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OSHA Requirements for GHS Secondary Container Labels

GHS secondary container labels are a crucial step to ensure continuous safe transportation, handling and use throughout the life of a hazardous material. But secondary container labeling can be overlooked or misunderstood. Let’s dive into the world of GHS secondary container labeling, including:

  • What it is
  • Why/When it's necessary (and when it’s not)
  • Key requirements and tips

Secondary container labeling starts with GHS and HazCom

Let’s start with the two governing bodies that guide and enforce the labeling of hazardous materials and chemicals – the Globally Harmonized System (GHS) of Classification and Labeling of Chemicals and the OSHA HazCom (Hazard Communication) Standard 29 CFR 1910.1200.

  • GHS is a set of guidelines established by the United Nations to standardize the classification and labeling of chemicals. It requires chemical manufacturers, distributors and importers to evaluate the hazards of their products and provide appropriate safety information to users. GHS labels and their six elements are specifically designed to promote safety and minimize the risks associated with handling hazardous substances.
  • The OSHA HazCom Standard is a regulation in the United States that is based in part on GHS guidelines. It outlines the requirements for hazard communication programs in the workplace. It was created to ensure that workers are aware of the potential hazards associated with the chemicals they use, handle or come in contact with. In the United States, OSHA updated its HazCom Standard to align with GHS in 2012.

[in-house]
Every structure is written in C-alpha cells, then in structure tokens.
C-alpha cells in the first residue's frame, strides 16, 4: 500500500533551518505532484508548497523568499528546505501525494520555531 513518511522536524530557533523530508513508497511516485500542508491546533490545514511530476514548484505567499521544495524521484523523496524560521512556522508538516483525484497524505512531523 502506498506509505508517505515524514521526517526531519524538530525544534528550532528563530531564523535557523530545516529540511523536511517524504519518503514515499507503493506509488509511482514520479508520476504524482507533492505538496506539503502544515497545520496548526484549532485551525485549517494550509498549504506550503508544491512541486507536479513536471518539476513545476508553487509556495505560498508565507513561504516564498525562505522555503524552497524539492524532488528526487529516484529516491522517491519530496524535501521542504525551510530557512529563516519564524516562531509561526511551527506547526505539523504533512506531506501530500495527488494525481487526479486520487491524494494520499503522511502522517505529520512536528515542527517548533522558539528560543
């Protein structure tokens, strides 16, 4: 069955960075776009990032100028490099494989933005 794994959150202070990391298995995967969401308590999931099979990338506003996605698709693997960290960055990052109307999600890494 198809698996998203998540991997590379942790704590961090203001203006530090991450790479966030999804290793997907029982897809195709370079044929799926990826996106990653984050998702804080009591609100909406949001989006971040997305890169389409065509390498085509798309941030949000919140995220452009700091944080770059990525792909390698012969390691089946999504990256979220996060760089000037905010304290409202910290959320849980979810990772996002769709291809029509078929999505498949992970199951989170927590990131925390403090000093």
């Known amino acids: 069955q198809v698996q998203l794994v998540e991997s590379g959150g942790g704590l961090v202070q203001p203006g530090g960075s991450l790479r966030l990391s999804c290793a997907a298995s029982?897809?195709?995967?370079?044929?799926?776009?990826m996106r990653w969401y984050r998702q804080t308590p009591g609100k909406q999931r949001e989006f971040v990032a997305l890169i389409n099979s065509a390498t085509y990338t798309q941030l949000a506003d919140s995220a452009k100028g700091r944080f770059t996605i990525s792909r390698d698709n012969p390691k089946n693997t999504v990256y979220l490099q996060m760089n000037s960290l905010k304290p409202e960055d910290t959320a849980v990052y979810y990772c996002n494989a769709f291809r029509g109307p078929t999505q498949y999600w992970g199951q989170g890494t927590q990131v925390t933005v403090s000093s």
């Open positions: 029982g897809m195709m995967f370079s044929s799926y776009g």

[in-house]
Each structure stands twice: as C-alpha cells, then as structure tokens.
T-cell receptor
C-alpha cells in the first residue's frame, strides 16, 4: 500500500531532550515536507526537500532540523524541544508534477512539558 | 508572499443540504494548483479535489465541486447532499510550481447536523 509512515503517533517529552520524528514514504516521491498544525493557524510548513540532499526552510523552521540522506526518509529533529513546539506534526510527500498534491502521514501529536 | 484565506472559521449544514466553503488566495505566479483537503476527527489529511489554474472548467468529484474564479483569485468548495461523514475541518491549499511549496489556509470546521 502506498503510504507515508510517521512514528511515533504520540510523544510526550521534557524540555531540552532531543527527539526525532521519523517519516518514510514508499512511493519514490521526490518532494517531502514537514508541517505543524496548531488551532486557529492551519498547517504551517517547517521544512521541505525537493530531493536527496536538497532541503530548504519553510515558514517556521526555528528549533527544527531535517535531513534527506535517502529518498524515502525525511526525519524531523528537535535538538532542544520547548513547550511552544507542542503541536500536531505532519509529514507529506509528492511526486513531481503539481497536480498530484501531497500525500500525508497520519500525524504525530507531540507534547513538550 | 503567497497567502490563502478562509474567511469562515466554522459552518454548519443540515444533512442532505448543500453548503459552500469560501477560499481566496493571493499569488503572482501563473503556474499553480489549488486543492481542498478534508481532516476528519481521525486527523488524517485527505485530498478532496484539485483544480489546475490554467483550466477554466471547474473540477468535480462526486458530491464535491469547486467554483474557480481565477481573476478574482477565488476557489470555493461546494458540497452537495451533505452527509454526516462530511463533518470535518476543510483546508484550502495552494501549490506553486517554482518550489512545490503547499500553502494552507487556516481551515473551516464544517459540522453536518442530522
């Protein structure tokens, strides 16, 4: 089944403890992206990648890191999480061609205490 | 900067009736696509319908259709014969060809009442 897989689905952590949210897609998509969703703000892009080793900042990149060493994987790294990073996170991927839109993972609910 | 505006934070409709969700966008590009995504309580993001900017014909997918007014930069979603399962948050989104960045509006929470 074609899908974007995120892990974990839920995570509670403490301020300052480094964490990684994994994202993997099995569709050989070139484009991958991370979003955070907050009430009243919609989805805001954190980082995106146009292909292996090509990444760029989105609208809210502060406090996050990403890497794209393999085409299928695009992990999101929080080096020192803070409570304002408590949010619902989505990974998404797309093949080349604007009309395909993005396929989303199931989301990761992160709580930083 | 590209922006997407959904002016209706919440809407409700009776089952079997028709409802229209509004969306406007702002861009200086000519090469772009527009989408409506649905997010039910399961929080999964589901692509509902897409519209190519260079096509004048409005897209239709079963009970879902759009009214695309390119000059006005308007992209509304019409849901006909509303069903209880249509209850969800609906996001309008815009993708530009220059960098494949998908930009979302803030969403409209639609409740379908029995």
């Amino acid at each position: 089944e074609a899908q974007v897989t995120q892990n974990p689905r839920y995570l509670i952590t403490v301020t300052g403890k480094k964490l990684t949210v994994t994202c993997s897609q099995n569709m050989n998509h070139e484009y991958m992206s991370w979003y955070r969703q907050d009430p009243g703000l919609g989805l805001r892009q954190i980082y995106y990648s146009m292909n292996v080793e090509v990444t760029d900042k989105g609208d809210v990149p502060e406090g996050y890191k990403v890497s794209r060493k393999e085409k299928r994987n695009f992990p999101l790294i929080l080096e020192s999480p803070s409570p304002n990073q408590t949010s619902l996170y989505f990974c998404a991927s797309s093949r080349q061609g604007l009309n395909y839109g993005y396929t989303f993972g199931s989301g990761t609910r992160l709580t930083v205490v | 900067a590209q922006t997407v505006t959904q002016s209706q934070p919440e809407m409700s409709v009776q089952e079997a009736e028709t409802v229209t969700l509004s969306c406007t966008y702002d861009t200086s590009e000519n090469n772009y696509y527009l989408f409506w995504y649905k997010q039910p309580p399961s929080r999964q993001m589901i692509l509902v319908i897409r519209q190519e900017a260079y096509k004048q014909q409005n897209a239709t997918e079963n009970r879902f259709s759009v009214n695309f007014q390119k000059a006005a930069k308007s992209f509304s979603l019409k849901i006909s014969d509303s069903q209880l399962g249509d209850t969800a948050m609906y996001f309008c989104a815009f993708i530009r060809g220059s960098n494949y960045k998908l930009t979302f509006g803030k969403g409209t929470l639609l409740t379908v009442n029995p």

Primary vs. secondary container labels: what’s the difference?

In general, the difference comes down to use cases and size. Primary containers are usually for purposes of transport and storage, while secondary containers are generally used in the workplace for specific tasks. Examples of secondary containers might include spray bottles used for cleaning or disinfecting solutions, small containers used to hold solvents or paints, or jugs or bottles used for storing laboratory chemicals.

Chemical drums and containers with GHS labels used as primary containers in a warehouse setting.

Primary containers

Primary containers are generally large storage containers, including drums, tanks or silos. Primary container labeling is vital for ensuring workplace safety as it’s essential that anyone coming into contact with these substances fully understands the risks they pose. Primary or shipped container labels are used on any container leaving the workplace. These labels must have the six required elements of a GHS chemical label.

Five different secondary container examples are shown with each of them displaying GHS labels.

Secondary containers

Secondary containers are smaller receptacles, such as bottles and packages, that hold a smaller portion of the hazardous material. Secondary container labels are sometimes called workplace labels. These containers don’t always fall under the same requirement that primary containers do. A best practice is to match this label to the primary container label for consistency, if possible. However, other labeling options can be used.